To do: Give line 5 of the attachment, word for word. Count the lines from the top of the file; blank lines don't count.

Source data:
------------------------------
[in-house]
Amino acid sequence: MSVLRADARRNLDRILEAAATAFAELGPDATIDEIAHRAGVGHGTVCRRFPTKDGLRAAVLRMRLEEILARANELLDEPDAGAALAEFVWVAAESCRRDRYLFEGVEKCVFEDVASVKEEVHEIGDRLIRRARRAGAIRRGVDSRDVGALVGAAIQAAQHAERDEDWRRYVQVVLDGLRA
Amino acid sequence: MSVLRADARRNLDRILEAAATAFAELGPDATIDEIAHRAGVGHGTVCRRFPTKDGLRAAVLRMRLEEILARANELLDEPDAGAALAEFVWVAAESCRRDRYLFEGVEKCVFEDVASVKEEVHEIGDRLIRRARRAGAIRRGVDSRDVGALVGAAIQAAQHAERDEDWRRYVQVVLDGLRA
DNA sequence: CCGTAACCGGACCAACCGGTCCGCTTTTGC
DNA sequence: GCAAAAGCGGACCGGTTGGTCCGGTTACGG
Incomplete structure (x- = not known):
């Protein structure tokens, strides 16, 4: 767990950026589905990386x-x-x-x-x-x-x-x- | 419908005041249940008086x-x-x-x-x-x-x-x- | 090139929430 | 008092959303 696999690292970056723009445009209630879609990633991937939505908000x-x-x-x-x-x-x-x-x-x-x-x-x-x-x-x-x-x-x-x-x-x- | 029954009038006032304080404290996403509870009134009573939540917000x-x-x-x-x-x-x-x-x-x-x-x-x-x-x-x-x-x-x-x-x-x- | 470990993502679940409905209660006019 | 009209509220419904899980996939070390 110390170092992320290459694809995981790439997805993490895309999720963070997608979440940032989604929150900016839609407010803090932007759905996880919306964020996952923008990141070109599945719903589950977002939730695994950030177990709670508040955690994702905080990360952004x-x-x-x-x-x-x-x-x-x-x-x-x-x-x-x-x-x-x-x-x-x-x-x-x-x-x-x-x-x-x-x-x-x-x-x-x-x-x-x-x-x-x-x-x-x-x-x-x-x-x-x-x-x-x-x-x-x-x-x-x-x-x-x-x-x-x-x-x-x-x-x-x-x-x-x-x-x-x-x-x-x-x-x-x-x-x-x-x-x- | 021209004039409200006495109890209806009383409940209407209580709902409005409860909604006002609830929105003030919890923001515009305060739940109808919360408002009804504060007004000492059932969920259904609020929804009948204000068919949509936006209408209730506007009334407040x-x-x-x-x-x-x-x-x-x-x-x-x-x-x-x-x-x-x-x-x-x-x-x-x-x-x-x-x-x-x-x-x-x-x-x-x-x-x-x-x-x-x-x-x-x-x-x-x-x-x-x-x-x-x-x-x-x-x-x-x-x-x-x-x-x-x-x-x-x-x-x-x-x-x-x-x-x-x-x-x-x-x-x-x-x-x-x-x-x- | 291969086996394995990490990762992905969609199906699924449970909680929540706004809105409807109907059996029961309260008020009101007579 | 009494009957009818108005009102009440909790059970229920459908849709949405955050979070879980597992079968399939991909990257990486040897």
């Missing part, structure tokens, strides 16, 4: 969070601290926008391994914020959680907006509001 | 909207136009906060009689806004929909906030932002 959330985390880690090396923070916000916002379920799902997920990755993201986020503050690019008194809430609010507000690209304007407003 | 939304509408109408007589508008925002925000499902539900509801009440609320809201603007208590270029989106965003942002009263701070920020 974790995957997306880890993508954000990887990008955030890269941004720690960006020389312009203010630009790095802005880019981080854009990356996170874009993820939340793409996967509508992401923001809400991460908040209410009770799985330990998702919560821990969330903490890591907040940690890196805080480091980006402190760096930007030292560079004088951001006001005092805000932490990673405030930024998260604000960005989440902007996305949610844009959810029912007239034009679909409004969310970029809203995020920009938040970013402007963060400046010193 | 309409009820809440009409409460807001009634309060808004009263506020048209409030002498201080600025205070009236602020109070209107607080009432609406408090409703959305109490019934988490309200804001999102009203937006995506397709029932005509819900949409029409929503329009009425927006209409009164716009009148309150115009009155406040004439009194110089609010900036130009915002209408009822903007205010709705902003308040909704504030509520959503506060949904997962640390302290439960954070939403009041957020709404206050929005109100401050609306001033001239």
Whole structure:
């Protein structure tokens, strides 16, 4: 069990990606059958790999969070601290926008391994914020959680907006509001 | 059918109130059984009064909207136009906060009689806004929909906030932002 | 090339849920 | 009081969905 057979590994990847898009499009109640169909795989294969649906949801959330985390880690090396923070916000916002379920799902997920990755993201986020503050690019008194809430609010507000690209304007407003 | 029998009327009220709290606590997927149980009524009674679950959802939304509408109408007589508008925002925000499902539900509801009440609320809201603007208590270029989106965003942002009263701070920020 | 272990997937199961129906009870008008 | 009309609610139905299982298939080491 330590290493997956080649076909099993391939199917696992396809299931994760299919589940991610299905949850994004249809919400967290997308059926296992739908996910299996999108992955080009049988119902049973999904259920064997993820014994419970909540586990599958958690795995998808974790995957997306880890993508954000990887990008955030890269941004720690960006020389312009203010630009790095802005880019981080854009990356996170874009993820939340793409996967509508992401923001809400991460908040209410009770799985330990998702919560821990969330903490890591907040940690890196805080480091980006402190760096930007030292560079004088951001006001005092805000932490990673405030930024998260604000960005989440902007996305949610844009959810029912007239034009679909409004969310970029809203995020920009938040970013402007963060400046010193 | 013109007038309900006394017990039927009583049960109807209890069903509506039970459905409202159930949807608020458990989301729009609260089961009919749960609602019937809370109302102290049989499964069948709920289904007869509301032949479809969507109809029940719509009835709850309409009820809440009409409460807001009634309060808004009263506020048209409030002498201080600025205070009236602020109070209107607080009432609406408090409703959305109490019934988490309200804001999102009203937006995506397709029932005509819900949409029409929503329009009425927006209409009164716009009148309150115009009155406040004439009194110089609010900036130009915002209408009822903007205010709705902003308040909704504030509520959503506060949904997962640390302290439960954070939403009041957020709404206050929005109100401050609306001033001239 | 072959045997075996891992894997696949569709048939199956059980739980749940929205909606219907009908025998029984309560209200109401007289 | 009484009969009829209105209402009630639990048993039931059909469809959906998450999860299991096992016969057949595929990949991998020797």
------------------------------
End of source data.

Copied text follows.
DNA sequence: GCAAAAGCGGACCGGTTGGTCCGGTTACGG